Steve Howdle was born in Rotherham, South Yorkshire, England in 1964. He obtained a first degree in Chemistry from Manchester in 1986 and his PhD on "Spectroscopy in Liquefied Noble Gases"from Nottingham in 1989. Steve's research focuses on the utilisation of supercritical carbon dioxide for polymer synthesis, polymer processing and preparation of novel polymeric materials for tissue engineering and drug delivery. He holds a chair at the School of Chemistry, University of Nottingham and prior to this held a Royal Society University Research Fellowship (1991-1999). He has received the Jerwood-Salters' Environment Award for Green Chemistry (2001); RSC Corday - Morgan Medal and Award (2001); Royal Society - Wolfson Research Merit Award (2003); RSC Interdisciplinary Award (2005); DECHEMA-Award of the Max Buchner Research Foundation (2006) "in recognition of his outstanding contribution to the innovative use of supercritical fluids for the synthesis and processing of polymers with a wide range of applications"; and RSC/SCI Macro Group UK Medal (2008).
Teaching throughout our undergraduate courses; from the first year laboratories to Group Theory and Symmetry in the second year General Inorganic Course (F12GIN).
Steve also teaches an advanced polymer chemistry module as part of F14ST2 (Special Topics) for third and fourth year students.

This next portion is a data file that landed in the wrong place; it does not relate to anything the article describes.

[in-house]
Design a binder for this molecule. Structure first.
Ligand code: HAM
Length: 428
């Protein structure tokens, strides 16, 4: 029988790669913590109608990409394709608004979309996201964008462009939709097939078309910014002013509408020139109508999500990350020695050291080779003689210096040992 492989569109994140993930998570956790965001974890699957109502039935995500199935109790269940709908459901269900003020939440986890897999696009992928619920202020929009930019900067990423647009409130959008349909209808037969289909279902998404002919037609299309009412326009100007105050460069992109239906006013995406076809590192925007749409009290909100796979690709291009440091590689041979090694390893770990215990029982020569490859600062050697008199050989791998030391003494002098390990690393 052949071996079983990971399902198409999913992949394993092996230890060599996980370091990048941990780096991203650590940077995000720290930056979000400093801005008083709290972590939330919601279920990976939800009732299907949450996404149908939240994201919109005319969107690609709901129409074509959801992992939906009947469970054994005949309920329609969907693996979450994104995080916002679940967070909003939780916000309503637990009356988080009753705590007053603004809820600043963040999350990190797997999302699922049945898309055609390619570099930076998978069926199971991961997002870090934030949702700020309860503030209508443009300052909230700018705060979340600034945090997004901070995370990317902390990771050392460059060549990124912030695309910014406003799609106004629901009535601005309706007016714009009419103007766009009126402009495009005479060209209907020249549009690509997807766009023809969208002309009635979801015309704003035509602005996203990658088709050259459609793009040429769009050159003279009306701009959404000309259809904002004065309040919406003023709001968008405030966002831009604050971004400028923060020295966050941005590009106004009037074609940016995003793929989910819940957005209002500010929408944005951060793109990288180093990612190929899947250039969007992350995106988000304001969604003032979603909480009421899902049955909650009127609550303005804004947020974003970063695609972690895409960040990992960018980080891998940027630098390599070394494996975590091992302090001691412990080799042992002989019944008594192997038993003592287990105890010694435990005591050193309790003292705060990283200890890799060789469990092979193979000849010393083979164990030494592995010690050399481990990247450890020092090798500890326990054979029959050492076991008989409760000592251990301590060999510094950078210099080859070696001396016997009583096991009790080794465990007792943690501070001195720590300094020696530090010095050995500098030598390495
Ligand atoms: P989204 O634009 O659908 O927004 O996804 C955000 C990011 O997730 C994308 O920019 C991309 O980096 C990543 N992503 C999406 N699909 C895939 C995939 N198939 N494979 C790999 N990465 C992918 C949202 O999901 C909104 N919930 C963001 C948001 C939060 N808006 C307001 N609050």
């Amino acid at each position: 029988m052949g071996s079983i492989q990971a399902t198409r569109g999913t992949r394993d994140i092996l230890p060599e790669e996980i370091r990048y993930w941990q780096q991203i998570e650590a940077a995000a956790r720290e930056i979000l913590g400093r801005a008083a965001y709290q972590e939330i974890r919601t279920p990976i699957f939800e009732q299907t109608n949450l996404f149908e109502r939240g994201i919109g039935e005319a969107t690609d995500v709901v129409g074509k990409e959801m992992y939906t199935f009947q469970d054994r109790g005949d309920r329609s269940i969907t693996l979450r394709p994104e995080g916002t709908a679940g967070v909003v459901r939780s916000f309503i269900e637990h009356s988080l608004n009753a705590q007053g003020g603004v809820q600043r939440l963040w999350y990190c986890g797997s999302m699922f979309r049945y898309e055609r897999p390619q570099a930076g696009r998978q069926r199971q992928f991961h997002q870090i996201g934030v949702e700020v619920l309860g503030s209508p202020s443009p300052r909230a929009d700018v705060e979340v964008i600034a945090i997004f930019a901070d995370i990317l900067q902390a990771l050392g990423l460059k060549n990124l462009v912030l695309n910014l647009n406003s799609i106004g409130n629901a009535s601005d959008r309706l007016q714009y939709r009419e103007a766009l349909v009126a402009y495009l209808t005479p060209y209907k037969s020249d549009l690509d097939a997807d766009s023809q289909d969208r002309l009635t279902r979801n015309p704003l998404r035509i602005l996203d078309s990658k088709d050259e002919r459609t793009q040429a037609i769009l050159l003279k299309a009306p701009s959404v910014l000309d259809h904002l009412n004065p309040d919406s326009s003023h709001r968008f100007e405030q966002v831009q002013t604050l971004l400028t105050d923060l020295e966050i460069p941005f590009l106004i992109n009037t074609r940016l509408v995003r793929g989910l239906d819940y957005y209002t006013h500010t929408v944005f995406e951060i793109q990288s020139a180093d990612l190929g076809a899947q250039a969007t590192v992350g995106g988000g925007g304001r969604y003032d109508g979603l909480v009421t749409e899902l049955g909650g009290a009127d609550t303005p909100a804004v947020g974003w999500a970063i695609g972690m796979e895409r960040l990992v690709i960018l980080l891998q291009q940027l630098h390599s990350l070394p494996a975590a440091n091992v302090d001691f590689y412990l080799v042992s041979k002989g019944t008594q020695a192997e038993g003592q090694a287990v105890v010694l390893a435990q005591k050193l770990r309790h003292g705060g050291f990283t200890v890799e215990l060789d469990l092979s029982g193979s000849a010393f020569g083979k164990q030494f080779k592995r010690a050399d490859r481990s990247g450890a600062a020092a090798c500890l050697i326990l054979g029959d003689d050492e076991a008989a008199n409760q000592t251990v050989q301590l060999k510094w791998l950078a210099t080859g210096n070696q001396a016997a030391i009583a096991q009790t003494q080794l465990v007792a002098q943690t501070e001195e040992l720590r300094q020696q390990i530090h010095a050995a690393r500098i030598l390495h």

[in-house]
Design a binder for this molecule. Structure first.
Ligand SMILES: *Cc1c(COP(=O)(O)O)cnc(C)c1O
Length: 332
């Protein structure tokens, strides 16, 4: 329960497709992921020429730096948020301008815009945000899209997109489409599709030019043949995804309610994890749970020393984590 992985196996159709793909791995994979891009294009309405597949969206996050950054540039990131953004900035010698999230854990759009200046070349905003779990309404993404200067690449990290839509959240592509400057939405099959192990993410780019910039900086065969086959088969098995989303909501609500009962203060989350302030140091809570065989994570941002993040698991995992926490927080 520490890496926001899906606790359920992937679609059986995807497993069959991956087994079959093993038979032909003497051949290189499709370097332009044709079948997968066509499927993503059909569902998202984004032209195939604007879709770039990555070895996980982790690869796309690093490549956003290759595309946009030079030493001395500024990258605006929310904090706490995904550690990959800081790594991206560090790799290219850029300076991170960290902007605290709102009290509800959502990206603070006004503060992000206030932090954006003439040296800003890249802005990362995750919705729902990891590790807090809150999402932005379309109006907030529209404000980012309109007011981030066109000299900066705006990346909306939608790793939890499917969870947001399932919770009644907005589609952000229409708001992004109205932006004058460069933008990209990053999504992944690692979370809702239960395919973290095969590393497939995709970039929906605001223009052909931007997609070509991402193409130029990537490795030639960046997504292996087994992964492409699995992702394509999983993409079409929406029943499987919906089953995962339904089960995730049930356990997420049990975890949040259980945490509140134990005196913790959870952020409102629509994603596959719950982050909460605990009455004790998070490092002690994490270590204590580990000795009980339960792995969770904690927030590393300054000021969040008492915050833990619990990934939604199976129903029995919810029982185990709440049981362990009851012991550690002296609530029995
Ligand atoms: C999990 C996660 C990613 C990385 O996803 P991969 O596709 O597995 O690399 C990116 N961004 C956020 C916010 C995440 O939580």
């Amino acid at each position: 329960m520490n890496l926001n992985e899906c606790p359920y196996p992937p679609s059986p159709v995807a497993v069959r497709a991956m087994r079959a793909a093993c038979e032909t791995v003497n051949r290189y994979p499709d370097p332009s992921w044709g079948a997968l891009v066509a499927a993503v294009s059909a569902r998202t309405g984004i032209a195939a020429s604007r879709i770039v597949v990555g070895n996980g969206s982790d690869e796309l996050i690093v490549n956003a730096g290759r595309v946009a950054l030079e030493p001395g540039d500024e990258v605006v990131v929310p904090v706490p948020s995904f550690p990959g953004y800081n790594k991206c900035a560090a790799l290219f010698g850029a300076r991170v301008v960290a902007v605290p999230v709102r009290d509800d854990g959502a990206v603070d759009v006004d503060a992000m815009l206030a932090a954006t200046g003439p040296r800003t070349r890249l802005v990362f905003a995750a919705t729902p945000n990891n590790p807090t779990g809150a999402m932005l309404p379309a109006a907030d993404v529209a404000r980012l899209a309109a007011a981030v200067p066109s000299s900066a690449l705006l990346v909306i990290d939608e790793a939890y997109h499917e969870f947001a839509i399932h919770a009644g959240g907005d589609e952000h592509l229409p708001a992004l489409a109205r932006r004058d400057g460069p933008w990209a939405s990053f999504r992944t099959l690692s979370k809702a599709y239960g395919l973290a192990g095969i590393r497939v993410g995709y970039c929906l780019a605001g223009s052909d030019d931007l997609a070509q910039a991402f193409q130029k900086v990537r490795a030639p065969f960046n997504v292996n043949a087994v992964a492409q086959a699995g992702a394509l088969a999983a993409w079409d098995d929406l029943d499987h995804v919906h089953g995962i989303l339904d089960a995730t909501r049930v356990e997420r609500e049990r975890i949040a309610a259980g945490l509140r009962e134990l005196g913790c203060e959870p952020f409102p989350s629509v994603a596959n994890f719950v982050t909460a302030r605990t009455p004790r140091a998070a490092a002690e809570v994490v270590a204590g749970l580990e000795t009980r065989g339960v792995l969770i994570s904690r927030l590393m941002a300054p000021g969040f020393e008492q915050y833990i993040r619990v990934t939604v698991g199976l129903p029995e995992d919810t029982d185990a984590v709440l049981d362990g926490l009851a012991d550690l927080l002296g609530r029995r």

Entrepreneurship for Chemists (F14E4C) is an interesting new module which introduces business, patents, product and industry aspects to our students and challenges them with a Dragon's Den event and a commercial business development task. Experienced industry and business speakers also bring real commercial experience to the course.
Professor Howdle's interests lie in the use of supercritical carbon dioxide as a new solvent for polymer synthesis and materials processing. This is an exciting area that has lead to collaboration… read more
Professor Howdle's interests lie in the use of supercritical carbon dioxide as a new solvent for polymer synthesis and materials processing. This is an exciting area that has lead to collaboration with many other disciplines across engineering, life sciences, food sciences and physics. Steve also has extensive research interests and active links with a wide range of polymer and materials industries.
A major part of his group's research is directed towards multidisciplinary collaborations on clean synthesis of new polymers and new polymeric structures using supercritical fluids.